Grocery stores with a footprint of 4,305 square metres or more will have to sign a contract with a charity by July 2016 or face penalties.
The penalties include a fine of up to €75,000 (NZ$112,281) or two years in jail.
French media have reported in recent years how the poor are struggling to get by and dumpster dive in supermarket bins at night to feed themselves.
But some supermarkets were ensuring food was unable to be scrounged by pouring bleach over food in dumpsters or locking bins away in warehouses.
The law was introduced to halve food wastage in France by 2025. Estimates show the average French person throws out 20-30kg of food a year.
France’s federation for commerce and distribution, which advocates for supermarkets, has criticised the plan and called it misguided.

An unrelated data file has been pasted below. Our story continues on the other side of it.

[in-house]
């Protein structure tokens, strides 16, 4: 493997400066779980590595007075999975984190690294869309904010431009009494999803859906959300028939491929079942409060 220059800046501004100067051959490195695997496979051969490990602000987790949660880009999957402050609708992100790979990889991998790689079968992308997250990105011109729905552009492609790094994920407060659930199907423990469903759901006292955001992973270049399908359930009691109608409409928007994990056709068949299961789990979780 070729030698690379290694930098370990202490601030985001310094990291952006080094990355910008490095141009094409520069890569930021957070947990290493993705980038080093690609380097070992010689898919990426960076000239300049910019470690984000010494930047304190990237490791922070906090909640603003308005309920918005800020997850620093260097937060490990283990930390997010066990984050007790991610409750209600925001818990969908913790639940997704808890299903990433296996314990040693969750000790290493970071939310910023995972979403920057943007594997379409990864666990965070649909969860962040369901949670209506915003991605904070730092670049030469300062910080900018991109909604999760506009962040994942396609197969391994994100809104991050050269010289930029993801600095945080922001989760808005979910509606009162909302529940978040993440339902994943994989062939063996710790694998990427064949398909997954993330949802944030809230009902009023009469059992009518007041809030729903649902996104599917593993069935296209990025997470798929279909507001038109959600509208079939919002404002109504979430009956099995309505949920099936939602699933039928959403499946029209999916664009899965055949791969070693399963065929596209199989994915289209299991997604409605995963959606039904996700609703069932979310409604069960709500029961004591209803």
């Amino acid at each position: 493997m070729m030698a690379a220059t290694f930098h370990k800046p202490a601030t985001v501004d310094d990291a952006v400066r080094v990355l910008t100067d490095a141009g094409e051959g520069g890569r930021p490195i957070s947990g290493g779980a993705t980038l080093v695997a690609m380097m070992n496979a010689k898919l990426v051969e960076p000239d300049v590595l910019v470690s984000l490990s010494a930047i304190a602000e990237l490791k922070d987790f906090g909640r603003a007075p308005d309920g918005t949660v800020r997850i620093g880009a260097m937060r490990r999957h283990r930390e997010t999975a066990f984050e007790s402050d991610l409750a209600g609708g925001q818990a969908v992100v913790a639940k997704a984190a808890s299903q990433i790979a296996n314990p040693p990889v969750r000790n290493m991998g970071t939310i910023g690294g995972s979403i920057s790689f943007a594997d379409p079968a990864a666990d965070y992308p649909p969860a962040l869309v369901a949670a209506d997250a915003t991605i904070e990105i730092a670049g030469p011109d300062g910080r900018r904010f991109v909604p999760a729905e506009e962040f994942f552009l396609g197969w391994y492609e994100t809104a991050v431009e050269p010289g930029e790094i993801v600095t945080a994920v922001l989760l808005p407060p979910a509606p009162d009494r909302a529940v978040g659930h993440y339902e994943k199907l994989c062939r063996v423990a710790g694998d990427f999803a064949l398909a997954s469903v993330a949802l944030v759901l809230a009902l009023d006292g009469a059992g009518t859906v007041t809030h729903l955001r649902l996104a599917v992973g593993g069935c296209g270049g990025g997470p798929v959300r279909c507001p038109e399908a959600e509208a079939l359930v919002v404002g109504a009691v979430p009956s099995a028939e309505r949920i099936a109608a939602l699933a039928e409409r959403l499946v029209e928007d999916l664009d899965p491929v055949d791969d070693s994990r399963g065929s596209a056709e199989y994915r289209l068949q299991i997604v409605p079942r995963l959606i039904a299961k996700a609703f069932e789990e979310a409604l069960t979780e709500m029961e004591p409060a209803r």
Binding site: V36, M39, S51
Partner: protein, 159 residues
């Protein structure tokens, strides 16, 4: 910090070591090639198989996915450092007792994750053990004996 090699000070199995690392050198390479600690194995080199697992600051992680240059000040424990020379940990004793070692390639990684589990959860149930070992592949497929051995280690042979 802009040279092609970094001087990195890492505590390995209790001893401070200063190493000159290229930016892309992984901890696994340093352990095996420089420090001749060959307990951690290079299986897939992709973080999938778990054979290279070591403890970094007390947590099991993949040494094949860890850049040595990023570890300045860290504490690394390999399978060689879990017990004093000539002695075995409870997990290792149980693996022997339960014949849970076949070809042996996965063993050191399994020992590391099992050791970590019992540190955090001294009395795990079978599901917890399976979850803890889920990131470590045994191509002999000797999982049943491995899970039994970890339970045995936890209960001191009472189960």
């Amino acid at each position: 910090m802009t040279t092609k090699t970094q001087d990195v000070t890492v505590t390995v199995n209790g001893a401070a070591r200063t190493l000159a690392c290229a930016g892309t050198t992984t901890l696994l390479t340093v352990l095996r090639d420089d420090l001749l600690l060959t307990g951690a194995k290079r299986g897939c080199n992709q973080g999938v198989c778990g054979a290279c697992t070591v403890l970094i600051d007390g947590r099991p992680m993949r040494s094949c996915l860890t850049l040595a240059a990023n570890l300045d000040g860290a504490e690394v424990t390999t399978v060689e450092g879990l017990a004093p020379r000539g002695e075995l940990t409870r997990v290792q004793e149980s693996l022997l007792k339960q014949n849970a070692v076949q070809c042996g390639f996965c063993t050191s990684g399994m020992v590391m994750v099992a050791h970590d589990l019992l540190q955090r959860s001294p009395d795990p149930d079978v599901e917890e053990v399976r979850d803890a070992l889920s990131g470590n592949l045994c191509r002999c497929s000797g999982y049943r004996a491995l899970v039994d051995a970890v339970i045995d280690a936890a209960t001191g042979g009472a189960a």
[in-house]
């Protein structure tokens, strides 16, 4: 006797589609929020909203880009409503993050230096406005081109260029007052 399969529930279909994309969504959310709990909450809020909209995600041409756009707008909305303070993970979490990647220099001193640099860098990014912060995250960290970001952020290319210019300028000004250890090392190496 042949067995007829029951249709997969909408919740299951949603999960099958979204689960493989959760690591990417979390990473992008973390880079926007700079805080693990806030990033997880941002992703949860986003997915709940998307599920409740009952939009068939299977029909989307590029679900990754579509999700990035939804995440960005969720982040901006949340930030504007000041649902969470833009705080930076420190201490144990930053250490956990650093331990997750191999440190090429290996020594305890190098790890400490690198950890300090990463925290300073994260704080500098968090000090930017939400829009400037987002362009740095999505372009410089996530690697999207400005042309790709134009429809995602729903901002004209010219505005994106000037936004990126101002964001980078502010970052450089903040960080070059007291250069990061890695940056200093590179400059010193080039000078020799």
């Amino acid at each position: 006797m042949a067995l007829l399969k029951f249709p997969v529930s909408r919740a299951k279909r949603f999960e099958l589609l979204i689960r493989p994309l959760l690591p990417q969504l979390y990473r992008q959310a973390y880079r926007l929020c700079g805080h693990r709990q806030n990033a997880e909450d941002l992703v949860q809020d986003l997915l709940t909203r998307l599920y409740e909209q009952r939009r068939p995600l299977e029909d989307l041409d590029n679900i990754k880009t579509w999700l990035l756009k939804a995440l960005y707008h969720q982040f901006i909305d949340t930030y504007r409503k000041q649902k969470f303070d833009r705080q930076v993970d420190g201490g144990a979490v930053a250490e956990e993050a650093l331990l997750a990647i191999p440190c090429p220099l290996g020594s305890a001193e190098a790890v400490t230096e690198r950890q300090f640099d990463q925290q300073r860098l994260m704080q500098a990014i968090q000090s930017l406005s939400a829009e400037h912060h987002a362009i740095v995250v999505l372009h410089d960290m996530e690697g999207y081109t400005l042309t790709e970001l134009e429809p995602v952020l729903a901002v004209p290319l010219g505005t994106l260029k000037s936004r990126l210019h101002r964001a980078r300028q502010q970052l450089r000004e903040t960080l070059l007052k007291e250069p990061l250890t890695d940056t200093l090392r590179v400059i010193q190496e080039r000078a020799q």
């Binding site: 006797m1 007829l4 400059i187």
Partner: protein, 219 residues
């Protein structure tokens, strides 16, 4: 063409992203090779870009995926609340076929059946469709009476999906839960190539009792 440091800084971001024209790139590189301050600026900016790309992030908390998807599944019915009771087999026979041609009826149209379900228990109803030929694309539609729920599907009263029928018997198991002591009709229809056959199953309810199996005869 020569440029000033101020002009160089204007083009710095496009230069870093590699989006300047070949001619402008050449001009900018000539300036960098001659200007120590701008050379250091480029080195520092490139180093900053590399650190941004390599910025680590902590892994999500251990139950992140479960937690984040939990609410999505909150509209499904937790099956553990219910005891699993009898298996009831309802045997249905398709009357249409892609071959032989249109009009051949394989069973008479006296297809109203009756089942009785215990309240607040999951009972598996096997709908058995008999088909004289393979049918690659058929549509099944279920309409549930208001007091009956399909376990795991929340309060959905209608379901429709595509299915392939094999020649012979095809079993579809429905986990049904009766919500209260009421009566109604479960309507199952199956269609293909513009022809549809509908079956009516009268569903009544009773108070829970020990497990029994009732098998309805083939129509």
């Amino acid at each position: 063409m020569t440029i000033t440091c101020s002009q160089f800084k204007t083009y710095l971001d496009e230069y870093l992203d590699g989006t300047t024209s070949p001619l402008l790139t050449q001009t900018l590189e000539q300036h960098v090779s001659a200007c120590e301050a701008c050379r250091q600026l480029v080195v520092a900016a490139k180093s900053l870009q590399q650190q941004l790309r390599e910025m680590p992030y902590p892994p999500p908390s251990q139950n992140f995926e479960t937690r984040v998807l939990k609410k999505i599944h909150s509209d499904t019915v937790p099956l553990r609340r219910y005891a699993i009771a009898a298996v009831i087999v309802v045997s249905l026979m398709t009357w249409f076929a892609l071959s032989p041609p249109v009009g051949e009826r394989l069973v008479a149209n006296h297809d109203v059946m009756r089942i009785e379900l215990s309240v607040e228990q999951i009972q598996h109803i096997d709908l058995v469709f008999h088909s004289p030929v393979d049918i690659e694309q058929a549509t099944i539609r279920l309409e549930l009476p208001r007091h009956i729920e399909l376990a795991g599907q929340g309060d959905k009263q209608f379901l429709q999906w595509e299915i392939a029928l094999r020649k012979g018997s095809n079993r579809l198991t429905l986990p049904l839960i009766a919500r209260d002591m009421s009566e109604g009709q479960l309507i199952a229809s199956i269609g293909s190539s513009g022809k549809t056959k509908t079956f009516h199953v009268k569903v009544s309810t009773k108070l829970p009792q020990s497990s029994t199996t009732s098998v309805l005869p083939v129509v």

He says its large supermarket chains are responsible for five percent of food waste in France and they’re already the biggest donors of food.
Back in New Zealand, there is no official law enforcing supermarkets to give away food to charities, but a lot do it anyway.
Foodstuffs corporate PR director Antoinette Laird says the company has initiatives in place to curb food waste.
Groceries from Pak’n Save and New World are donated to a food bank twice a week and frozen products are sold to staff.
Bread, dented tins and other products are donated to food banks and women’s refuges.
Countdown also has a food rescue programme.
A spokesperson says that in the last financial year, $3.4 million worth of food was donated to organisations such as the Salvation Army, Kaibosh, Foodshare and Fair Food.
Despite these efforts, WasteMINZ and local councils found that New Zealanders chuck out more than 120,000 tonnes of food waste a year.
Do you think the problem lies with New Zealand’s supermarkets or its consumers?